Pretty much anyone can blog, can't they?
I would have thought that an editor would have caught this before it got posted if it was a blogger employed by a newspaper, even if that paper isn't one of the many that Ms. Palin reads every day.
It used to be that a reporter had to have two independent sources for any individual fact in a story. Today? Not so much. The generally respected and respectable Washington Post got suckered by a truly hilarious fake story about Sarah Palin going to work for Al Jazeerah, though it didn't reach the print version of the paper. It appeared in Suzi Parker's blog.
"Journalists all around the country do not want to be The Washington Post's Suzi Parker, a blogger who couldn't tell satire from reality and erroneously reported that Sarah Palin was headed to Al Jazeera America. The Post added this ugly, bold, and altogether embarrassing correction at the top of Parker's blog post this afternoon, referring to her only as "the blogger""
I particularly liked the fictional quotation from Ms Palin: "As you all know, I'm not a big fan of newspapers, journalists, news anchors and the liberal media in general," Palin said. "But I met with the folks at Al-JaJizzraa (sic) and they told me they reach millions of devoutly religious people who don't watch CBS or CNN. That tells me they don't have a liberal bias."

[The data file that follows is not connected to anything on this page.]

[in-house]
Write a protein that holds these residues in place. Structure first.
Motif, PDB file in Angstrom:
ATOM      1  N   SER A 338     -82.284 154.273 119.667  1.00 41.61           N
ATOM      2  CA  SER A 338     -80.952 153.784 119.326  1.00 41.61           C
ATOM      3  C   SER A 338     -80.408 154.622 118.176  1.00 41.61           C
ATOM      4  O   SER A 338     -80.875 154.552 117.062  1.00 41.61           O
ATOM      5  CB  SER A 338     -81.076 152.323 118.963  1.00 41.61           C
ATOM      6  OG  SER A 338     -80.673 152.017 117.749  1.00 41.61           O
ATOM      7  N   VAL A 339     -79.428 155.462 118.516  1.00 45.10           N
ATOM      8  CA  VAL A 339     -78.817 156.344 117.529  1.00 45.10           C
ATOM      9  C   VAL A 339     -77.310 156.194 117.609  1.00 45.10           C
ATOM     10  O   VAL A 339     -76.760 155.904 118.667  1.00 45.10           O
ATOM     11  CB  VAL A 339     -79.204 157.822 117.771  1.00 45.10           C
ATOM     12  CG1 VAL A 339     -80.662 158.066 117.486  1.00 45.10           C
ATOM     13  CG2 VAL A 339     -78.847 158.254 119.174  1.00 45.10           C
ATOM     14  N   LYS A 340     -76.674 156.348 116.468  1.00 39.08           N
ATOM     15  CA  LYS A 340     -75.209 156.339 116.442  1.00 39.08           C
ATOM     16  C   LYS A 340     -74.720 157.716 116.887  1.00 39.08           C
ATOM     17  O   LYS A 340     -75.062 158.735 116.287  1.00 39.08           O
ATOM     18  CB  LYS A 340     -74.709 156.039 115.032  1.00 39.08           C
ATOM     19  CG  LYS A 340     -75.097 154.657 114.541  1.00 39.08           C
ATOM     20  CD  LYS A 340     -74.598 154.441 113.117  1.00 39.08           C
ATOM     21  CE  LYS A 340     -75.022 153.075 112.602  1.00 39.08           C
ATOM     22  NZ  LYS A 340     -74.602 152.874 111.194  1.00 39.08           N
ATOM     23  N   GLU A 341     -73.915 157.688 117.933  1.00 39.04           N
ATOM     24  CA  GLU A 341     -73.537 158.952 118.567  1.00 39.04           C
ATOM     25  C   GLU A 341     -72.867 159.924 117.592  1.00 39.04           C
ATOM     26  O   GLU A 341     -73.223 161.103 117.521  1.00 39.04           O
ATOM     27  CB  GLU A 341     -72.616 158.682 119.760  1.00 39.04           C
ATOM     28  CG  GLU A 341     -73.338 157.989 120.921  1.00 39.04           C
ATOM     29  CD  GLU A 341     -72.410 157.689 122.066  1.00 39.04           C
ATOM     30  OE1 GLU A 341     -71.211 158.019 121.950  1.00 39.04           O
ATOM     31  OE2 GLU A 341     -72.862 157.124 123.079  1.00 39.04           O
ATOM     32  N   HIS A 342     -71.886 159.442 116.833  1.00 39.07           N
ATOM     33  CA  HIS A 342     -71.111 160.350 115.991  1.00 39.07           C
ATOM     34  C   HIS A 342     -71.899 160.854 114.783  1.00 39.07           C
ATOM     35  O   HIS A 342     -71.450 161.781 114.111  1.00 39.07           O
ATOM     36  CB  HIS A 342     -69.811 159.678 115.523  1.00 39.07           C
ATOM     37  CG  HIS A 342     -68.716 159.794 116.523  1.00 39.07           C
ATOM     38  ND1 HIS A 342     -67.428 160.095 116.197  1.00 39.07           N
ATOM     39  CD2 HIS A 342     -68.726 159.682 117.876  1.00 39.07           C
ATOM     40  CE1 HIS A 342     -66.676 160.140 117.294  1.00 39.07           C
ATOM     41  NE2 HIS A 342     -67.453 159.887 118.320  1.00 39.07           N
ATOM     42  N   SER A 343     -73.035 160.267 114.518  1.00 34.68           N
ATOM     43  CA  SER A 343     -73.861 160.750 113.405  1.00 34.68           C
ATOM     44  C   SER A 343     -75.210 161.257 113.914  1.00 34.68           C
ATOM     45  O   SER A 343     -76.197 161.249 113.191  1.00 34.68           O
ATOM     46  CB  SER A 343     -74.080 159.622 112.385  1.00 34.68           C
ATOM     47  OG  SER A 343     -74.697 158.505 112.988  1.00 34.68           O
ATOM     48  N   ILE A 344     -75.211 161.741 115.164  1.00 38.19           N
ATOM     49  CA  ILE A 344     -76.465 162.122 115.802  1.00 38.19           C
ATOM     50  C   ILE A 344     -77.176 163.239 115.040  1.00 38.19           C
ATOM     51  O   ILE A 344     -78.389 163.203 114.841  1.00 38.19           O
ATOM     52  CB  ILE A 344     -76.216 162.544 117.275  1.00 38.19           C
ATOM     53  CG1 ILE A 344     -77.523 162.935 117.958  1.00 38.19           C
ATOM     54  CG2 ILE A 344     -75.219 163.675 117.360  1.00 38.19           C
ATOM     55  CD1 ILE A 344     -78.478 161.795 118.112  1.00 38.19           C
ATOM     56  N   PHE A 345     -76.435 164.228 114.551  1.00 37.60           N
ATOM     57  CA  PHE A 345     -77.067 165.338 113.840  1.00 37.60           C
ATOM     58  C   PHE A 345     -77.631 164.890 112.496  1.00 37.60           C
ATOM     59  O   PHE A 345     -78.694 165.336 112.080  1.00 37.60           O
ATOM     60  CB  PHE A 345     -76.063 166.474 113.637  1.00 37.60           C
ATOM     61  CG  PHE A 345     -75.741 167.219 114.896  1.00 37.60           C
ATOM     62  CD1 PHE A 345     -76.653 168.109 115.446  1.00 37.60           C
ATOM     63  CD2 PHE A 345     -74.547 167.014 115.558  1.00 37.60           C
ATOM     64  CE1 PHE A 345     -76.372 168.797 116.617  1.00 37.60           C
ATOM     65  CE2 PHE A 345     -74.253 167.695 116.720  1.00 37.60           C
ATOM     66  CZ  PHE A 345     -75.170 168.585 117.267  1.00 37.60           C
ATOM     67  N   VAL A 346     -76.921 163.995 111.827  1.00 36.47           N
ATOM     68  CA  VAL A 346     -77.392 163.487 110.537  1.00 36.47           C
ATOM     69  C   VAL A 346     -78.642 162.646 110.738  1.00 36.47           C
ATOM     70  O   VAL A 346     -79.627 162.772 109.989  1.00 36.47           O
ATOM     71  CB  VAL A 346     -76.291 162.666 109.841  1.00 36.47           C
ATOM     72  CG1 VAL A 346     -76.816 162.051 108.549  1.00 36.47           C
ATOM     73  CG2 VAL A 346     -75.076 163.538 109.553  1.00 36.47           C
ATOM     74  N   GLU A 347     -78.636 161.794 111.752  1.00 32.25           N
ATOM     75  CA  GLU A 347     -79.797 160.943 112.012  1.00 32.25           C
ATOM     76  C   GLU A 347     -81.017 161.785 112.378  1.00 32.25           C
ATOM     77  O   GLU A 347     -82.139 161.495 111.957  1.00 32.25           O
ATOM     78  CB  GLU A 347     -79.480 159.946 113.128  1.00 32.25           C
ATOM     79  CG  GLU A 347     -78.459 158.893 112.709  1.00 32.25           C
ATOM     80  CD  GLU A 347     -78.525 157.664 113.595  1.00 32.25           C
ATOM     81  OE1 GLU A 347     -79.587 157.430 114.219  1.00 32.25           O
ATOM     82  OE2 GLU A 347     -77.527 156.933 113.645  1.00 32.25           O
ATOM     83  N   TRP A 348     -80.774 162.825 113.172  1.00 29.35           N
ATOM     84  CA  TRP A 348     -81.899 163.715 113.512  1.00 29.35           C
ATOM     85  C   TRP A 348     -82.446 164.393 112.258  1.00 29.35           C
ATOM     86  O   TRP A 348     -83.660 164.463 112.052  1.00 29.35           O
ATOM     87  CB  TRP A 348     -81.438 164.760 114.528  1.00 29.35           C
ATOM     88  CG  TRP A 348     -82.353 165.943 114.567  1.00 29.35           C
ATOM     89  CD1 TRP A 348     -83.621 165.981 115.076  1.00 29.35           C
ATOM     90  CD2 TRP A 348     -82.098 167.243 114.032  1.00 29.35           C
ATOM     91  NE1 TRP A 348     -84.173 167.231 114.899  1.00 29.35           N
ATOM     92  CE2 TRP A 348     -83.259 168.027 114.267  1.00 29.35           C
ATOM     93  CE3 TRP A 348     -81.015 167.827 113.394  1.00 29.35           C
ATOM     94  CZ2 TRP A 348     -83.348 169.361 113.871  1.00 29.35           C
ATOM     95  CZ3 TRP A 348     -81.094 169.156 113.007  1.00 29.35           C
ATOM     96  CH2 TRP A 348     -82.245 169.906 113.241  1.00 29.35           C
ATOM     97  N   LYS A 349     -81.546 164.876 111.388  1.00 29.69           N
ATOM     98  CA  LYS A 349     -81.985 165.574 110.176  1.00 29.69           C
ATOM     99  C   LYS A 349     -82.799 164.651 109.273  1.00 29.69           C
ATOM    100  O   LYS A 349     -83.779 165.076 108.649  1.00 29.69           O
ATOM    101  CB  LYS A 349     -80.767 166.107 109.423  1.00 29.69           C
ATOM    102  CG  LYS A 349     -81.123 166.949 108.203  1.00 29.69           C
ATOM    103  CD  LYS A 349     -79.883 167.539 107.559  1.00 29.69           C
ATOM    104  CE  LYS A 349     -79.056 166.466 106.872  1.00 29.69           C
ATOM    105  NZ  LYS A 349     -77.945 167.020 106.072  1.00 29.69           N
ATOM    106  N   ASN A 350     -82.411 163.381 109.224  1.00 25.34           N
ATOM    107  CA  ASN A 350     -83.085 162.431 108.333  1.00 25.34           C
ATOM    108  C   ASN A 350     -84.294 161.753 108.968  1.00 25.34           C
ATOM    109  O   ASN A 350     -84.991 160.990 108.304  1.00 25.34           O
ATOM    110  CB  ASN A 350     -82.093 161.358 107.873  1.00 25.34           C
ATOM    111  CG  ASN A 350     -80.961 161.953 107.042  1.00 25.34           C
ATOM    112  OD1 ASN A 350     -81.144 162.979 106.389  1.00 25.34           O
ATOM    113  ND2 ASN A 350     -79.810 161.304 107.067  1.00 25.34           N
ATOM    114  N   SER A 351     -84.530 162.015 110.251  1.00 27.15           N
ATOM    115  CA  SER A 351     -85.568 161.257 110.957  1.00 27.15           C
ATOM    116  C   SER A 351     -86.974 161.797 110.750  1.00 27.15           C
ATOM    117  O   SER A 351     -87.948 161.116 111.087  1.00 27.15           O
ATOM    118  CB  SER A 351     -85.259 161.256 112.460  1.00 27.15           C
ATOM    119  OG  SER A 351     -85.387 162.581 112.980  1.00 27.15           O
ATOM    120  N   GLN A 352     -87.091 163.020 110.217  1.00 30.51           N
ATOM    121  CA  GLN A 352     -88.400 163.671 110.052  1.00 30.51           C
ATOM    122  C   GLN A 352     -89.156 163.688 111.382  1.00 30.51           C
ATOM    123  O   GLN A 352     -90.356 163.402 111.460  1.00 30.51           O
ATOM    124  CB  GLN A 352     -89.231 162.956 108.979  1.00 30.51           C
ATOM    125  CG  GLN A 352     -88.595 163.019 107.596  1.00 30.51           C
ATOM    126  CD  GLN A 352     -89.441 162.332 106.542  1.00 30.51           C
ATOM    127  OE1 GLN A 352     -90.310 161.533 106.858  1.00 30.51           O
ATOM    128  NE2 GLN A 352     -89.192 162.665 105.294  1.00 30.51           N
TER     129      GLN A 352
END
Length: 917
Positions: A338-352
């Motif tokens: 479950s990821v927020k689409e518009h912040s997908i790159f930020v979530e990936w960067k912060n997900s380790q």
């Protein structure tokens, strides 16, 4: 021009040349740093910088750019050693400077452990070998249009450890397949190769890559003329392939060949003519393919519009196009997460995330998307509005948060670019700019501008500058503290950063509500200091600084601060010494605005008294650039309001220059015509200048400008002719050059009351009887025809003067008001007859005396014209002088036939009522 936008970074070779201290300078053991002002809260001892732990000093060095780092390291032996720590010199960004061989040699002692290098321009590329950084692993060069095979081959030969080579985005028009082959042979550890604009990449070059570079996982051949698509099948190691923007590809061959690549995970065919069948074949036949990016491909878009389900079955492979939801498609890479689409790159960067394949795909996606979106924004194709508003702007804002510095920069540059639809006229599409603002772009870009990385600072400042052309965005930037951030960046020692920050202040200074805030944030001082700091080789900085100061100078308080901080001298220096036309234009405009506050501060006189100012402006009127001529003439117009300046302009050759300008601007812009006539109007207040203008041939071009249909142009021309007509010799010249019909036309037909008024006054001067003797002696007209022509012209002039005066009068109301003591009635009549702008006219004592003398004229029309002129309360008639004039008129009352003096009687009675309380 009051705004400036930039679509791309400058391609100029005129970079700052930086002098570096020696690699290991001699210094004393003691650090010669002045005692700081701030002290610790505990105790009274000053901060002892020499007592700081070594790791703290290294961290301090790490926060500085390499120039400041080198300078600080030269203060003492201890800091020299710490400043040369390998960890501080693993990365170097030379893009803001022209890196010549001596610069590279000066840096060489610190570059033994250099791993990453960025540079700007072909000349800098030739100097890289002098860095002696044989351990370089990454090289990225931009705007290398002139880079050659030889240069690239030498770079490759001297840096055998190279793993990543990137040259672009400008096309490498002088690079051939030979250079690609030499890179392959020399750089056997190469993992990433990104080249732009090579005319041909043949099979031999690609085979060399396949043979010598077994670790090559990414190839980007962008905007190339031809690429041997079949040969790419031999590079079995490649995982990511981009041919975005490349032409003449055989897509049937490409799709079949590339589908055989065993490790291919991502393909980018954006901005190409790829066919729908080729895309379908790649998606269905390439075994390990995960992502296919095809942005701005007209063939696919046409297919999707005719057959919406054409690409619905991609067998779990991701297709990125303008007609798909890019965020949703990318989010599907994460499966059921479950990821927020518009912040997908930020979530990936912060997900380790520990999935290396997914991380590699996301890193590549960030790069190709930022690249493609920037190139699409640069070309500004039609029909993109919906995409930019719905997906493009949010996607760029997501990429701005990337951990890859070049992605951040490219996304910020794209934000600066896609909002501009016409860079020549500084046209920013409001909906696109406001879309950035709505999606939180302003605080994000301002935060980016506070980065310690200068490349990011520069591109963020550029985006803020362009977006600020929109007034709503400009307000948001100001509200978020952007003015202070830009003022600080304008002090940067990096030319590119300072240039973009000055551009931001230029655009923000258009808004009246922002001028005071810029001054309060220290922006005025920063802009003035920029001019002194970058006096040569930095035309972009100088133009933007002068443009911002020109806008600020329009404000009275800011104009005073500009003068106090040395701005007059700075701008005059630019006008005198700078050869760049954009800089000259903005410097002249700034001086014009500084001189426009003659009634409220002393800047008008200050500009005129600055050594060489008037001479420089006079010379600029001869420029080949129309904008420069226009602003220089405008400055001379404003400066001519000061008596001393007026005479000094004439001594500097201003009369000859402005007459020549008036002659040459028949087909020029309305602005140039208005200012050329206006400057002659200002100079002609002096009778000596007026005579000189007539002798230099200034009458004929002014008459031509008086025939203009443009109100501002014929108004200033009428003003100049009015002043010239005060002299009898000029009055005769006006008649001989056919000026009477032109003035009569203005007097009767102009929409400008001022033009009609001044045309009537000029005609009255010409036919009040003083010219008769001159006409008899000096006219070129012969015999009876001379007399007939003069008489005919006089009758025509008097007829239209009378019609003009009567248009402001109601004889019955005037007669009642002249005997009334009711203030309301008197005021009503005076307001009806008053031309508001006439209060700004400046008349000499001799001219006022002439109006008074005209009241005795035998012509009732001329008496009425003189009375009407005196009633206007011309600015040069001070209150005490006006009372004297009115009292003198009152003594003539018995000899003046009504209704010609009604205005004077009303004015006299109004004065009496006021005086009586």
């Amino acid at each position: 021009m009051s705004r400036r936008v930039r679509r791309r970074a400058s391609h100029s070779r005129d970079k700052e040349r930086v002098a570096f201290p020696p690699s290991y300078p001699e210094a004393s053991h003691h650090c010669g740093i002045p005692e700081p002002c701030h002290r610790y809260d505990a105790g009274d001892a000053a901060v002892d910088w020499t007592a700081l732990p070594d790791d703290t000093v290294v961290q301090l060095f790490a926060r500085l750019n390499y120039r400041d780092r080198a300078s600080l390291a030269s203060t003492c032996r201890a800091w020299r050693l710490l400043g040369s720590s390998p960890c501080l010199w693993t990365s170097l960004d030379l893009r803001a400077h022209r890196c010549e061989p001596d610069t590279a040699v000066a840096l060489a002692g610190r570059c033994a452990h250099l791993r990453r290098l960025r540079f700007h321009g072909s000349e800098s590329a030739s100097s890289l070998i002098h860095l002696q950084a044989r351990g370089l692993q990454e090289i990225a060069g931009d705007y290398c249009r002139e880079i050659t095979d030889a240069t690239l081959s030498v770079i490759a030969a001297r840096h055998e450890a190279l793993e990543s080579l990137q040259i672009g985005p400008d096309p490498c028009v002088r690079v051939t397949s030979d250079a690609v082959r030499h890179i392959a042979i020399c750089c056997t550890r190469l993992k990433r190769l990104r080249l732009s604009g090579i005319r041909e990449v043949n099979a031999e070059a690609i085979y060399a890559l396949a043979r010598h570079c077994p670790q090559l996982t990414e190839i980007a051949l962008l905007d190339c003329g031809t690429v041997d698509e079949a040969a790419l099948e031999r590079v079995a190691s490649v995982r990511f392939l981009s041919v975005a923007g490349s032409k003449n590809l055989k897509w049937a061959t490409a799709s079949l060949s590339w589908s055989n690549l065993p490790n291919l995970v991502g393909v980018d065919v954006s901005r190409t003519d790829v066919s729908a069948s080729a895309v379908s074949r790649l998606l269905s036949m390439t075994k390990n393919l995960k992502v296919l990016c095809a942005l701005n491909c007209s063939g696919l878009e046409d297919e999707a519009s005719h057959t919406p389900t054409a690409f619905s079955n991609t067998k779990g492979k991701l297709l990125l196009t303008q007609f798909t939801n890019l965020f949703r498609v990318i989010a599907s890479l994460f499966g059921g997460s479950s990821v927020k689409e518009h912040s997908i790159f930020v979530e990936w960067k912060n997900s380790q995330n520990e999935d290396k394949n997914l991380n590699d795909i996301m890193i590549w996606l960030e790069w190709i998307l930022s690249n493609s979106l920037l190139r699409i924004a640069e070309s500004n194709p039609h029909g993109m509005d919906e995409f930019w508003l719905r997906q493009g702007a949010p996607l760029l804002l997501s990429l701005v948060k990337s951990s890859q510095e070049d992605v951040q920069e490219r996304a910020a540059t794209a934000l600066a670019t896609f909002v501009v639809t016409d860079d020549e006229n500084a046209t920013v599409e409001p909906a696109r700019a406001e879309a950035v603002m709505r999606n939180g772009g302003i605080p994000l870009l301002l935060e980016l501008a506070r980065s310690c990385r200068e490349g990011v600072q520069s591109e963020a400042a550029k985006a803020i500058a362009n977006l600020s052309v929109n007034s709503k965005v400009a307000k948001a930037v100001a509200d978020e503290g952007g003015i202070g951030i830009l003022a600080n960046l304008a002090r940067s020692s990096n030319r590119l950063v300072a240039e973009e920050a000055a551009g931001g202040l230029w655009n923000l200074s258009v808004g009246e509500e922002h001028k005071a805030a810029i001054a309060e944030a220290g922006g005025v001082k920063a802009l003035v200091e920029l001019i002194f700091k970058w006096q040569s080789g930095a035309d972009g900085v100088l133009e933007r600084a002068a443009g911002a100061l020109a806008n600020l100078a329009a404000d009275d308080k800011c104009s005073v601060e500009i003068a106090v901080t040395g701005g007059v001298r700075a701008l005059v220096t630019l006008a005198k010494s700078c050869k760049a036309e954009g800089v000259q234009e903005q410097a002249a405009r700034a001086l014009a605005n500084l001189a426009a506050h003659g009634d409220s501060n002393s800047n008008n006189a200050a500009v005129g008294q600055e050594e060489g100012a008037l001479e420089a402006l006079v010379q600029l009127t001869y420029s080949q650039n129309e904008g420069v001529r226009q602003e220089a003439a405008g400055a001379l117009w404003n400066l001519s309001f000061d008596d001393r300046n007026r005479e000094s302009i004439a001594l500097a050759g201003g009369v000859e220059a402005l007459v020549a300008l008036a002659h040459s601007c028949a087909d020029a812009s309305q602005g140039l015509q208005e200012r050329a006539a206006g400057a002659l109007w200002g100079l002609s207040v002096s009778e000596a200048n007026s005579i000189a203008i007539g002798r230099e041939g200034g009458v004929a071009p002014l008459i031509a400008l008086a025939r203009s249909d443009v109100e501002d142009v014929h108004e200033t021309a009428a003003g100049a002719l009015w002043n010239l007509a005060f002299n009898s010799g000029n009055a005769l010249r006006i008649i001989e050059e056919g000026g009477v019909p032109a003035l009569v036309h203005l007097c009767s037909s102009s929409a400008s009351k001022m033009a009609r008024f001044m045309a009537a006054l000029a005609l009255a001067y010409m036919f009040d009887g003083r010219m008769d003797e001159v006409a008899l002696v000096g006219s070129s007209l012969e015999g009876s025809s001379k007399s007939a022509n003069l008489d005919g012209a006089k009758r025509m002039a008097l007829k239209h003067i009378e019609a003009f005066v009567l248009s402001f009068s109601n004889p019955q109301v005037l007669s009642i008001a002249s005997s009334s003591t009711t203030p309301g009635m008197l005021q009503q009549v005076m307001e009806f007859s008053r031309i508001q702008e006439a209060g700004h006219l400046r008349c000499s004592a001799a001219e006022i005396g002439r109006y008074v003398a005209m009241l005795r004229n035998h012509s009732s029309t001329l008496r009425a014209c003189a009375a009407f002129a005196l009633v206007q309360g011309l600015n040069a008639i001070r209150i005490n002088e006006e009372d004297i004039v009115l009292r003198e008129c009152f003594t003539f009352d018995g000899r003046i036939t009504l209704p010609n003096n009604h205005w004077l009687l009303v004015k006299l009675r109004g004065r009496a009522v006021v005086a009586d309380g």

Let me repeat, that is an entirely fictional quotation, which virtually anyone would recognize as a spoof, but which Ms Parker somehow took seriously. I mean Al JaJizzraa? Who would fall for that, except when you think about the many incredible things Ms. Palin has actually said. Apparently she's worn out the BS detectors at the WaPo blog-pen if not the editorial bull-pen.
It does cause one to reflect that perhaps bull-pen isn't merely an analogy to a stockyard enclosure, but is the place where scrutiny is supposed to challenge and weed out the stupidity of lazy reporters.